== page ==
Nutritional status of school children in eastern Hararghe administrative zone, eastern Ethiopia
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This study aimed to assess the nutritional status of school children in eight elementary schools in Eastern Ethiopia.
Subjects and methods
A cross-sectional study was carried out among 1523 schoolchildren. The study subjects’ height and weight were measured via anthropometric measurements, and their nutritional status was assessed using anthropometric indicators of the body mass index for age and height-for-age. The data were analyzed by AnthroPlus software and SPSS version 16.
One thousand five hundred twenty-three schoolchildren whose age ranged from 6 to 18 years participated in the study. The prevalence of stunting was 17.1%, thinness 17.9%, and over-nutrition 5.6% (overweight accounted for 4.4% and obesity 1.2%). Children aged 15–18 years were found to be more stunted than the children aged 6–9 years (AOR = 0.04, 95% CI = 0.02, 0.08) and 10–14 (AOR = 0.25, 95% CI = 0.14, 0.45). Children aged 15–18 years were also significantly thin for age compared with those aged 6–9 years (AOR = 0.31, 95% CI = 0.18, 0.56) and 10–14 (AOR = 0.34, 95% CI = 0.19, 0.59). Children from rural residences were significantly stunted (AOR = 0.37, 95% CI = 0.26, 0.51) and overnurished (AOR = 0.42, 95% CI = 0.25, 0.71) compared with the children from urban areas. Children who lived in urban areas were also significantly thin for age compared with those who lived in rural areas (AOR = 1.42, 95% CI = 1.08, 1.87).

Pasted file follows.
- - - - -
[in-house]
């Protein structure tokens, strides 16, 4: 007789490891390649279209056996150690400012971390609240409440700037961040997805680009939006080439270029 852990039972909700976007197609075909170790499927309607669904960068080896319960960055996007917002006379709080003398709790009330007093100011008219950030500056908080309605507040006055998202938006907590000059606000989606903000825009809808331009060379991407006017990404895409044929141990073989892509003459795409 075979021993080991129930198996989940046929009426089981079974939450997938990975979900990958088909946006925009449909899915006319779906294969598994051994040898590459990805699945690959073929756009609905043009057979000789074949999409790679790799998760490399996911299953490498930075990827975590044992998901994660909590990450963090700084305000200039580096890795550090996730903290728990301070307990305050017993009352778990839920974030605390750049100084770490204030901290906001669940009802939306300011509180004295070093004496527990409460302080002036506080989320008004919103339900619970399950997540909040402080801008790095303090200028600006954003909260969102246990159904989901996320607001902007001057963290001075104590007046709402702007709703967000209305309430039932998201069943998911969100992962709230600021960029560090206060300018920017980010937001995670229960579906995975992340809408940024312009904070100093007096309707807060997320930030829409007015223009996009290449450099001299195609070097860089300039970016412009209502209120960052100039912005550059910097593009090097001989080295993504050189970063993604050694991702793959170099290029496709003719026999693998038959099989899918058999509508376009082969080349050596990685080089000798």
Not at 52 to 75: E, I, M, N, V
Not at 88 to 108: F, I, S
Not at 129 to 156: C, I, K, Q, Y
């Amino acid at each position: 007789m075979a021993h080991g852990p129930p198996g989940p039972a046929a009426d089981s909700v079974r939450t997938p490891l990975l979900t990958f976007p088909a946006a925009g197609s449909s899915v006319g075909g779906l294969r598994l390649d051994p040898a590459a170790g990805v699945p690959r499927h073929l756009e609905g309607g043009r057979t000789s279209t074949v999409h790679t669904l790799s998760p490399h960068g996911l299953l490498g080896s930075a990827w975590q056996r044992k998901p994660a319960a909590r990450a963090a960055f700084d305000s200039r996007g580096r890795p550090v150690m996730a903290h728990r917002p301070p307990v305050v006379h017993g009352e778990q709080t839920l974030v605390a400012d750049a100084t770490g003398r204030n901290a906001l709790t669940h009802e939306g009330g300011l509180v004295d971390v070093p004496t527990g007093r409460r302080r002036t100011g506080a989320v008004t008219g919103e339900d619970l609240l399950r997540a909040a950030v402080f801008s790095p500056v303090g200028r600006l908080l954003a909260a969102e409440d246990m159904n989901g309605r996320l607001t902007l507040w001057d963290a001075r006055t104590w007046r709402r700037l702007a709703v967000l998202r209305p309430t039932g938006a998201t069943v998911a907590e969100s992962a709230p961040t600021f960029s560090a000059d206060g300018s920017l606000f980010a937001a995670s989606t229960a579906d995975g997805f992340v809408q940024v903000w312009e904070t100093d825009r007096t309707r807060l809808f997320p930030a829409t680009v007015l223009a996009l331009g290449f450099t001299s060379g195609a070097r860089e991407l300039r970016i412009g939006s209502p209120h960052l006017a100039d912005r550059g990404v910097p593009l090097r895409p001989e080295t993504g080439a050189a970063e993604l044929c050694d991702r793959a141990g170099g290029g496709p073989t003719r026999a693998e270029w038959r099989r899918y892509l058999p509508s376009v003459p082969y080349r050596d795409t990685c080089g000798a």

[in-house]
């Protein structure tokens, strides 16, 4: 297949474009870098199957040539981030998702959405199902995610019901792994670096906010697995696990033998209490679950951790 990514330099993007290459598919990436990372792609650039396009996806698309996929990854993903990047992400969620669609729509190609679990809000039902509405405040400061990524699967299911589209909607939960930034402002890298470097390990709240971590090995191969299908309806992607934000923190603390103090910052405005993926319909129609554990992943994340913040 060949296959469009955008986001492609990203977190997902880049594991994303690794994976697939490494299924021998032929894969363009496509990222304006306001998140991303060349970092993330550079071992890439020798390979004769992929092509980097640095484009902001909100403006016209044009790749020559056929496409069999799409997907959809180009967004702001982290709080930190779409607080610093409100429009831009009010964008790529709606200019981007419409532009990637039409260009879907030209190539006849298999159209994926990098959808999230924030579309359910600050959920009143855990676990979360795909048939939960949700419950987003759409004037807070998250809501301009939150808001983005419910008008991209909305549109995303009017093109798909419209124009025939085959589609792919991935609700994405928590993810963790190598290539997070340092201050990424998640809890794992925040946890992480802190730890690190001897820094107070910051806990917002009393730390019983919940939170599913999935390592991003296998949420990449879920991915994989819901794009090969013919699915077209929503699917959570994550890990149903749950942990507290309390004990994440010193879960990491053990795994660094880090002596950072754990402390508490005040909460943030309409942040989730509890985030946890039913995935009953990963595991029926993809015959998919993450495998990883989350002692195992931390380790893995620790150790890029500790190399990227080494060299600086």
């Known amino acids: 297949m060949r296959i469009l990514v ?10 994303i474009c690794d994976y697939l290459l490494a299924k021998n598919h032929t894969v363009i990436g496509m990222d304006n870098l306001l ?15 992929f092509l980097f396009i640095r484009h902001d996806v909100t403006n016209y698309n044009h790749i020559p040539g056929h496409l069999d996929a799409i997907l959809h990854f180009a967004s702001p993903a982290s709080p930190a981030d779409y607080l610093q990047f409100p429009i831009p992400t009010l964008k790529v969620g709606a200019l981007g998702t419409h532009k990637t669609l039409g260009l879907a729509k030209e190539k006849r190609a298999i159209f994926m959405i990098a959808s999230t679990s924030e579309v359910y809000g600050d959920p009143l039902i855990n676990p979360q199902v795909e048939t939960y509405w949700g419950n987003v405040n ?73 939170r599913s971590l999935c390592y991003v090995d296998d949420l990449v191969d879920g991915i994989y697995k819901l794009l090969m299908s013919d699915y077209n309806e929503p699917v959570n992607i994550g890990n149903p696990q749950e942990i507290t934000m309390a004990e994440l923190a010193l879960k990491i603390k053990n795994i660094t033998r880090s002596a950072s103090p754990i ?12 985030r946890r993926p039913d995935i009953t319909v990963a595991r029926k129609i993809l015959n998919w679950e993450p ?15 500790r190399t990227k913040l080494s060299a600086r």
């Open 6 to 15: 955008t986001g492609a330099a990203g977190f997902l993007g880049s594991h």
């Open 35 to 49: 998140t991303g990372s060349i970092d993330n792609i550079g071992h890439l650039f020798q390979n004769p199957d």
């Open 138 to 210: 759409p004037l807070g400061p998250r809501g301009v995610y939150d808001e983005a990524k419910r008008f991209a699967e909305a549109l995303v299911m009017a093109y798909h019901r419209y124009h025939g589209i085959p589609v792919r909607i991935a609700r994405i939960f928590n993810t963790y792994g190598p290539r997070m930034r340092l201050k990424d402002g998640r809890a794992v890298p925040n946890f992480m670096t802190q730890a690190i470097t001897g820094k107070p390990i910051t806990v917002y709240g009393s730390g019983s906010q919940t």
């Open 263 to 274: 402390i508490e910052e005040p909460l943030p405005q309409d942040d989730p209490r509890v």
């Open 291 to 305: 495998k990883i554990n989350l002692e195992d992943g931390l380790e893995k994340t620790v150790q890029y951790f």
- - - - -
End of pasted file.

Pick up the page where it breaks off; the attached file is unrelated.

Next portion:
Undernutrition was an important problem among the school children in the study area. Stunting and thinness were significantly increased in the higher age group. Therefore, more effort should be made to improve the nutritional status of children aged 15–18 years in both the rural and urban study areas.
KeywordsMalnutrition Nutritional status Stunting Thinness School children Anthropometry Eastern Hararghe Ethiopia
We acknowledge the Haramaya University research and publication office for budget allocation and all the participants for their willingness to participate in this study. We would also like to extend our thanks to each district and town administration health and educational bureau and director, the teachers in each studied school and Ms. Serawit Tamrat and Ms. Meskerem Yeshitla for their unreserved support during data collection and sample processing.
All authors contributed equally to all aspects of this research work and have read and approved the final version of the manuscript.
Compliance with ethical standards
Conflict of interests
All the authors declare that they have no conflict of interest associated with the publication of this manuscript.
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